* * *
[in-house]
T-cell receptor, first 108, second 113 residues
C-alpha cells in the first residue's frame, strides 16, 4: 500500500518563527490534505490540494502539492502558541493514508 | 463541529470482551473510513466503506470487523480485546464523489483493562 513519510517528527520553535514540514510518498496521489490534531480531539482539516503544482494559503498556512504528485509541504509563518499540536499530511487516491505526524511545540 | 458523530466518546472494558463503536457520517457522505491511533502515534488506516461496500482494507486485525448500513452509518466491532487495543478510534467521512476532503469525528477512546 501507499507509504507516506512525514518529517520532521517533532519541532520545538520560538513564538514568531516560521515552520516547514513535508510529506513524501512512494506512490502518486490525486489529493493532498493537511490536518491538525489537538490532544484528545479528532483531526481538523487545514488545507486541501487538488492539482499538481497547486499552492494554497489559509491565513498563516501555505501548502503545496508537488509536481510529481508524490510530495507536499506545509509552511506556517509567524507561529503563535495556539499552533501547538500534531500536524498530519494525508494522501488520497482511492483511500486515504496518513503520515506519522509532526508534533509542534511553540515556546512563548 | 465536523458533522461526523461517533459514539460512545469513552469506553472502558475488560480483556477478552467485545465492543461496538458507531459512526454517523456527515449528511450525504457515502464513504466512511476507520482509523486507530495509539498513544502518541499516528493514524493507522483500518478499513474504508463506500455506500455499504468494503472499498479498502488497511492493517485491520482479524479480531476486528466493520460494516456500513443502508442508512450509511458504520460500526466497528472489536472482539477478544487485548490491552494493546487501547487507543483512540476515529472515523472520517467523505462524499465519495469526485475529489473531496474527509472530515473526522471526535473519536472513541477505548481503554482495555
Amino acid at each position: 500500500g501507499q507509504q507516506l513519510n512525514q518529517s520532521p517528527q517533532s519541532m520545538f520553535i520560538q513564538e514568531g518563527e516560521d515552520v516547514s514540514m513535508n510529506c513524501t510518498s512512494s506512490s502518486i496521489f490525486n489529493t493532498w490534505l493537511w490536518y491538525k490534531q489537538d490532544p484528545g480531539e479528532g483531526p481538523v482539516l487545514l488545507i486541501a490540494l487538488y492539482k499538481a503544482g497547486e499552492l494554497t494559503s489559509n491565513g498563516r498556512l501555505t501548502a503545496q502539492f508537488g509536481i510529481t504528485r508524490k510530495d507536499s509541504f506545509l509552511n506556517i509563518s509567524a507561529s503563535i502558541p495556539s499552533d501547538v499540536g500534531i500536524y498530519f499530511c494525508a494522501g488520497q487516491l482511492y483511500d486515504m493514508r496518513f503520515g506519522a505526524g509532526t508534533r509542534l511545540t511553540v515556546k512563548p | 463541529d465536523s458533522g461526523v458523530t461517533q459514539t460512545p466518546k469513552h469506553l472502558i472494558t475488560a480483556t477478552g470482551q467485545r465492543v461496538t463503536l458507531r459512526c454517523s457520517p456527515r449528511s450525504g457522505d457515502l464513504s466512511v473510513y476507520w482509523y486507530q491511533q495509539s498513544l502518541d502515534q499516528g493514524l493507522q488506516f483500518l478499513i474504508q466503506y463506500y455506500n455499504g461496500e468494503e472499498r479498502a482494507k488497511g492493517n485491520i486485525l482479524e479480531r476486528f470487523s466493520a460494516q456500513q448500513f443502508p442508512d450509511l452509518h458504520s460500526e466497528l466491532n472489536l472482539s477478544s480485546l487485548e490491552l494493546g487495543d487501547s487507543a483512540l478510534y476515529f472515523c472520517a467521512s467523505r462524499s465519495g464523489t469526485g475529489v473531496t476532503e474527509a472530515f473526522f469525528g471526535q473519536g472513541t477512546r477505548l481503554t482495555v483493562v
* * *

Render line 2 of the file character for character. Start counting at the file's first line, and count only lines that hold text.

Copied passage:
T-cell receptor, first 108, second 113 residues